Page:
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Costa Rica to ban hunting for sport


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#1    jugoso

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Posted 03 October 2012 - 06:41 PM

Lawmakers voted 41 in favour of and five against the ban, and a second vote expected in the coming week is widely seen as ratifying changes to the law, which aims to protect animals in one of the world's most biodiverse countries.
Costa Rica's national parks attract some 300,000 visitors annually, and tourism is a mainstay of the economy.

http://www.guardian....t?newsfeed=true

Edited by Still Waters, 03 October 2012 - 06:50 PM.
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#2    questionmark

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Posted 03 October 2012 - 06:51 PM

http://www.reuters.c...E89201220121003

As to the item itself: I agree that sport hunting/fishing should be outlawed. Nobody should be allowed to kill anything he does not intend to eat or does not pose a threat to him.

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#3    Myles

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Posted 03 October 2012 - 07:08 PM

View Postquestionmark, on 03 October 2012 - 06:51 PM, said:

http://www.reuters.c...E89201220121003

As to the item itself: I agree that sport hunting/fishing should be outlawed. Nobody should be allowed to kill anything he does not intend to eat or does not pose a threat to him.
That is the part that is tough to define.    Obvious game hunting is easy.   People shooting raccoons in their backyard is more questionable.  Catch and release fishing is a gray area.


#4    Myles

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Posted 03 October 2012 - 07:16 PM

View Postjugoso, on 03 October 2012 - 06:41 PM, said:

Lawmakers voted 41 in favour of and five against the ban, and a second vote expected in the coming week is widely seen as ratifying changes to the law, which aims to protect animals in one of the world's most biodiverse countries.
Costa Rica's national parks attract some 300,000 visitors annually, and tourism is a mainstay of the economy.

http://www.guardian....t?newsfeed=true

Any place that can bring in funds from tourism has a lead on everyone else.  Imagine what Cuba could be like had they not shut out the tourism industry.   Back in the early 1900's, Cuba was a big tourist destination.  They have the size, the climate, some of the best beaches in the world, location.  They could be one of the wealthiest nations on tourism alone.


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Posted 03 October 2012 - 07:38 PM

View PostMyles, on 03 October 2012 - 07:16 PM, said:

Any place that can bring in funds from tourism has a lead on everyone else.  Imagine what Cuba could be like had they not shut out the tourism industry.   Back in the early 1900's, Cuba was a big tourist destination.  They have the size, the climate, some of the best beaches in the world, location.  They could be one of the wealthiest nations on tourism alone.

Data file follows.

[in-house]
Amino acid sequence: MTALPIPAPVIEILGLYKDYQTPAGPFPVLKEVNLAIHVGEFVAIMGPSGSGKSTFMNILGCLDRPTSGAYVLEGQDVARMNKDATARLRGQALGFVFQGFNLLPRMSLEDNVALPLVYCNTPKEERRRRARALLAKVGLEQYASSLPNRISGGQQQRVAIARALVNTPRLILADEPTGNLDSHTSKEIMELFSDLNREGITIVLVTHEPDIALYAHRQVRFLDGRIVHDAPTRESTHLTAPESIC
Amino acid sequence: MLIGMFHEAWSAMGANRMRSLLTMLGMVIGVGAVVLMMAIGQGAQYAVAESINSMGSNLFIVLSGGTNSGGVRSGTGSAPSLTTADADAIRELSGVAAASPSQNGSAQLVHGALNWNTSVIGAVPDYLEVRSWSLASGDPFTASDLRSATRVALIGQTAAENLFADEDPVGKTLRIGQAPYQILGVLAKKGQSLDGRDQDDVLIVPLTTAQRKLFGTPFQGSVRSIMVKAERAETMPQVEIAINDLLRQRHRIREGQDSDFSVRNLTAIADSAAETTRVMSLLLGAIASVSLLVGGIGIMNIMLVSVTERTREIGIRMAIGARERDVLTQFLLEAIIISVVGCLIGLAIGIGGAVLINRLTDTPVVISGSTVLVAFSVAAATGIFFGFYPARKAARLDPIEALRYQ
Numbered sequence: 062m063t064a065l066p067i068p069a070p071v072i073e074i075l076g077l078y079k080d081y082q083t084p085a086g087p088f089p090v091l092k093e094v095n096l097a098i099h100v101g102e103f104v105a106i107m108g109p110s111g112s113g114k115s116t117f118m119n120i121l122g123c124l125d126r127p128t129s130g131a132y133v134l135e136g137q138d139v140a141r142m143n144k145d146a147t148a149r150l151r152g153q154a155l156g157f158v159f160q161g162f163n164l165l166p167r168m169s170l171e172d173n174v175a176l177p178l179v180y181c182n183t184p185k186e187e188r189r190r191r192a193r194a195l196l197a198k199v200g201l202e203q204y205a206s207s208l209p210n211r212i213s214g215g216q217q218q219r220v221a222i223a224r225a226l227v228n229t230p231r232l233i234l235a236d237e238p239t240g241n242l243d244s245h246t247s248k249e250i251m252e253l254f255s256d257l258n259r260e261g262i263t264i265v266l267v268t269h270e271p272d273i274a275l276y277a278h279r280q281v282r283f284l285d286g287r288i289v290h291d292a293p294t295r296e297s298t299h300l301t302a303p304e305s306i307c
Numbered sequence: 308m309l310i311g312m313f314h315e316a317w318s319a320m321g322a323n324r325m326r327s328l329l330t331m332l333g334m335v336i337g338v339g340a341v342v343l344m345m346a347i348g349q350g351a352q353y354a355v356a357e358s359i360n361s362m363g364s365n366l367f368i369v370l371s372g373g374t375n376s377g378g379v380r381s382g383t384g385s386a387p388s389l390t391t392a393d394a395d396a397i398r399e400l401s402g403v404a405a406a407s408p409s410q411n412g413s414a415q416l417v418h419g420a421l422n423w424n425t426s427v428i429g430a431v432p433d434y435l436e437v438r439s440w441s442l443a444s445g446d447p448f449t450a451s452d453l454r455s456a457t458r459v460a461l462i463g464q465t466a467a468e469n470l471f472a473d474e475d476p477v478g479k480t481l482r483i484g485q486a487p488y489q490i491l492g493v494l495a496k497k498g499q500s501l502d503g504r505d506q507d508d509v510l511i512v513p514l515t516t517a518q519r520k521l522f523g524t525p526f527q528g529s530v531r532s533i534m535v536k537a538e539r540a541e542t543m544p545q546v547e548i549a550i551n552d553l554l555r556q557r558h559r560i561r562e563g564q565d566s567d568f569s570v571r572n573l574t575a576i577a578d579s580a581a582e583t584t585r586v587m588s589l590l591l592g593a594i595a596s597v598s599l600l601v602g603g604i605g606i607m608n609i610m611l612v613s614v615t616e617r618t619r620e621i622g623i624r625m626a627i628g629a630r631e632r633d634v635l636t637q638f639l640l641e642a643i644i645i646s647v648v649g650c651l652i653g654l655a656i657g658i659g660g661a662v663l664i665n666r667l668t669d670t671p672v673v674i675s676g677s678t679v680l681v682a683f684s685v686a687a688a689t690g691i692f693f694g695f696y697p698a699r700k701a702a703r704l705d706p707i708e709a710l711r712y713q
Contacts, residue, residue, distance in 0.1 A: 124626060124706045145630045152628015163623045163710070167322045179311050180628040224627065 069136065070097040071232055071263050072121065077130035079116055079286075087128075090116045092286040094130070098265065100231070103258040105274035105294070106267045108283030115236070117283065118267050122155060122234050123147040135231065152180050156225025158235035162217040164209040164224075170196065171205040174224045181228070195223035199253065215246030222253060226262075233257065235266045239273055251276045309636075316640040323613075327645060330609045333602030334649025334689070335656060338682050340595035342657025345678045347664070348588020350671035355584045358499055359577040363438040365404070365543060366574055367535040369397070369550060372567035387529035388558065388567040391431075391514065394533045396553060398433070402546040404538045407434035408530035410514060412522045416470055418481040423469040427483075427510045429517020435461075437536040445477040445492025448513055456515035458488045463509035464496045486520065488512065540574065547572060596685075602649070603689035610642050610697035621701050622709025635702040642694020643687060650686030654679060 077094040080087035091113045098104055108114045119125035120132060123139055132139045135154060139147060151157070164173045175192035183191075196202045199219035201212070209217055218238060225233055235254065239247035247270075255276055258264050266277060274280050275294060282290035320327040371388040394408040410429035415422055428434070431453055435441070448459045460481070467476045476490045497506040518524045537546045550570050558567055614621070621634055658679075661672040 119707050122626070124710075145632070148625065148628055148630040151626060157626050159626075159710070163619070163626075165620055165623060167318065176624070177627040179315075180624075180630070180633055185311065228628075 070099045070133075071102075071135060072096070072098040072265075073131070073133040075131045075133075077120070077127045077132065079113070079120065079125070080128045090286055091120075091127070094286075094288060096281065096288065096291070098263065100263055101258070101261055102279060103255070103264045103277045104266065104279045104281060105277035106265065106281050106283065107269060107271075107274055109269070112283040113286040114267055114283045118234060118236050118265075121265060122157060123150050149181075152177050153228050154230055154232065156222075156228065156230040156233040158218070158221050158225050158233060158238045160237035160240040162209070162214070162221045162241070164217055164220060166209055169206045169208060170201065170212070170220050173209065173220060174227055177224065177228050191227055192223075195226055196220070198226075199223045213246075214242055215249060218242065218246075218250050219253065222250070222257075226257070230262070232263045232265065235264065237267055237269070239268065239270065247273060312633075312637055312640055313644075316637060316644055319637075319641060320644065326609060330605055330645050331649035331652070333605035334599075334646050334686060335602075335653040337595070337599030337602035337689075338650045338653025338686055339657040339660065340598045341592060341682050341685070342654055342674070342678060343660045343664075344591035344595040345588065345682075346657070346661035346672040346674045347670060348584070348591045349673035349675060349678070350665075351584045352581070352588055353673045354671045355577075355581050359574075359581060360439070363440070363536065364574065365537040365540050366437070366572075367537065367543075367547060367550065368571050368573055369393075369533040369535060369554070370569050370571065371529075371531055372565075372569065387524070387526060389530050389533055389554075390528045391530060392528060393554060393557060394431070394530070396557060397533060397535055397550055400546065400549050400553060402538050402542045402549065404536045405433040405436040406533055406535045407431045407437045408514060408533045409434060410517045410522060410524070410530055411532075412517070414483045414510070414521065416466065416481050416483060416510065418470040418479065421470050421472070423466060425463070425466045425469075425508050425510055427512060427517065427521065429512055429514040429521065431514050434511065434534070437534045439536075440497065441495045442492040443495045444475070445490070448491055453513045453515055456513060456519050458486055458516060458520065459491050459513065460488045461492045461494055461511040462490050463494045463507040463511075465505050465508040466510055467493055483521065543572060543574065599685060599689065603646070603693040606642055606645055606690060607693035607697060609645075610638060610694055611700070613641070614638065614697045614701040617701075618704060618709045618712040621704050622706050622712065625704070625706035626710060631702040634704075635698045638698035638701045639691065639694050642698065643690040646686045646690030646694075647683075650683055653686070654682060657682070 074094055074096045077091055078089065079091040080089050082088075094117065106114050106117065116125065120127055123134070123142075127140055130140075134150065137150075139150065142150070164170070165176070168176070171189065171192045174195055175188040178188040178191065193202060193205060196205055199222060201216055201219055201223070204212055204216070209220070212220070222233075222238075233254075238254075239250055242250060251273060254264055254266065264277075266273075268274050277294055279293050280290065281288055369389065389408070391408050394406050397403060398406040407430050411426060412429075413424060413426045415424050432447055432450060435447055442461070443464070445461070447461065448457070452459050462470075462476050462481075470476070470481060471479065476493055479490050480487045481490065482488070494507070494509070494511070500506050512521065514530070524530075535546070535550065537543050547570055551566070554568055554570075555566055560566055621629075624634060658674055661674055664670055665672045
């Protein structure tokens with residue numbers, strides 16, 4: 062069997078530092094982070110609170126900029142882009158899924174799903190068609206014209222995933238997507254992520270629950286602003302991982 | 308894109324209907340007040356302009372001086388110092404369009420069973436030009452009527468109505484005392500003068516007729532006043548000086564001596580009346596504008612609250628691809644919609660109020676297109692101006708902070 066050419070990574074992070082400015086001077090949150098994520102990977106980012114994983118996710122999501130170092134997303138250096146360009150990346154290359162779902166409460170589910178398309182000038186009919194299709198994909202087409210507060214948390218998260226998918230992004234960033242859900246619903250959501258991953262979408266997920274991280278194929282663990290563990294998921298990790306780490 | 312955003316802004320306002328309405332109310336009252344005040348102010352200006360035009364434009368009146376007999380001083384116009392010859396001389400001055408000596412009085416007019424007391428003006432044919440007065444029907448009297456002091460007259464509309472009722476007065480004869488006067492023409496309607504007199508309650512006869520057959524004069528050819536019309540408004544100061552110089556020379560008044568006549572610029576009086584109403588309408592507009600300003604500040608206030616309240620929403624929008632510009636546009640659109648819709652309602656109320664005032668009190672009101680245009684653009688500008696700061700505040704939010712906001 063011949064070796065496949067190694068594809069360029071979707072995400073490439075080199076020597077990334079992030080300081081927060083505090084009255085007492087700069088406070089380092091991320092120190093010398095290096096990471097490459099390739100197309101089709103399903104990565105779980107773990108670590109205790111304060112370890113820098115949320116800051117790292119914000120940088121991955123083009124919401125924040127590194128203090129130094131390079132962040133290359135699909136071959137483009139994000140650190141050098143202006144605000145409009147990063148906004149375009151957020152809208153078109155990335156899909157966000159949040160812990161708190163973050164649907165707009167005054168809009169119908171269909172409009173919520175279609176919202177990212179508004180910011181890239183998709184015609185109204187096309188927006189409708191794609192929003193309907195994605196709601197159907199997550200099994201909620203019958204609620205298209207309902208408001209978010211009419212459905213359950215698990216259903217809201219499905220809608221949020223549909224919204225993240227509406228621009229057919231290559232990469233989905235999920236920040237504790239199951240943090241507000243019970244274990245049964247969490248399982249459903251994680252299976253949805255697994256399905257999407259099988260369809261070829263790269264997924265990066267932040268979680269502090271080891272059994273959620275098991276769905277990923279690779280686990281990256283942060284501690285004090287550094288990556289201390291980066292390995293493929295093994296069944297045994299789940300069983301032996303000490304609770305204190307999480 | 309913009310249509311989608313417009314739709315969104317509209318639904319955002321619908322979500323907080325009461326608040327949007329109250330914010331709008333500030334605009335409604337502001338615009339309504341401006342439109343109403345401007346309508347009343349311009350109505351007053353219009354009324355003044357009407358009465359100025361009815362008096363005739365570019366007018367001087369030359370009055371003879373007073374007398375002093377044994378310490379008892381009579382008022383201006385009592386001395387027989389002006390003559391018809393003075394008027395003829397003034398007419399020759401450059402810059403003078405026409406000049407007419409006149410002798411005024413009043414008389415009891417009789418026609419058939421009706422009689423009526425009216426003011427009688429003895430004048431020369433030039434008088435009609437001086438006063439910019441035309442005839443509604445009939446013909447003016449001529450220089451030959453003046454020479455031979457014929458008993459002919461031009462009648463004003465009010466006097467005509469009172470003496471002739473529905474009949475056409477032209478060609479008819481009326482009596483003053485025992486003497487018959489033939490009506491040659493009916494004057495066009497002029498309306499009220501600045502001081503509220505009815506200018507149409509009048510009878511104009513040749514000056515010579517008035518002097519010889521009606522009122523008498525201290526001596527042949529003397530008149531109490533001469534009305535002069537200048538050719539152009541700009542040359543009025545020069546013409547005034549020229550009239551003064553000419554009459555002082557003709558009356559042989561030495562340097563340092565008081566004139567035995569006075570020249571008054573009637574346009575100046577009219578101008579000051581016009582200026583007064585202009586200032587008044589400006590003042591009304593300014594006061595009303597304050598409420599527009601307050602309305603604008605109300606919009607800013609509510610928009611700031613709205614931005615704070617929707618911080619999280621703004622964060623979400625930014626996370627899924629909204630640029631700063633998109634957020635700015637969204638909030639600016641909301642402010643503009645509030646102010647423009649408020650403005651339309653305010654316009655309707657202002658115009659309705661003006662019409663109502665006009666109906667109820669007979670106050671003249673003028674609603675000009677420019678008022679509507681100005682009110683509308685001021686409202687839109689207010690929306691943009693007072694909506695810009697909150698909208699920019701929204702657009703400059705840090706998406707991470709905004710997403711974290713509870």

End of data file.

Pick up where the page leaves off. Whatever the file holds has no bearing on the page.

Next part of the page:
Doubt that, while Cuba is off limits for most US Americans, Europeans flock to their beaches in the same number as to other Caribbean destinations.

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#6    Myles

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Posted 03 October 2012 - 08:04 PM

View Postquestionmark, on 03 October 2012 - 07:38 PM, said:

Doubt that, while Cuba is off limits for most US Americans, Europeans flock to their beaches in the same number as to other Caribbean destinations.

Yes, but the American market would be huge.   Heck, crappy Mexican tourist traps make a fortune off of Americans.  Cuba could have cashed in.   When I was a travel agent, I received calls every day from people wanting to go to the Caribbean.  Many would ask for advice on places that were not jam packed with people.  That took out most of the islands.


#7    None of the above

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Posted 03 October 2012 - 08:05 PM

Bravo Costa Rica!
Just Bravo!
:clap: :clap: :clap: :clap:


#8    Kriegermonch

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Posted 03 October 2012 - 08:22 PM

I hope this helps them rather than hurts. Typically, hunters are the most active group in keeping wildlife and parks going. If this group is completely shut out, I worry that the tourism industry will make inroads to purchase property formally used by hunters to build more "resorts". This is more devestating to the local flora and fauna than anything else. Best of luck to this forward thinking country.


#9    Myles

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Posted 03 October 2012 - 08:38 PM

View PostMaestro, on 03 October 2012 - 08:22 PM, said:

I hope this helps them rather than hurts. Typically, hunters are the most active group in keeping wildlife and parks going. If this group is completely shut out, I worry that the tourism industry will make inroads to purchase property formally used by hunters to build more "resorts". This is more devestating to the local flora and fauna than anything else. Best of luck to this forward thinking country.
Great points.   It very well could backfire.    Makes you wonder what the original intentions for this ban was.   Maybe the tourism cash is the main factor.
I wonder if the cash has been found to keep the wildlife and park funds going?





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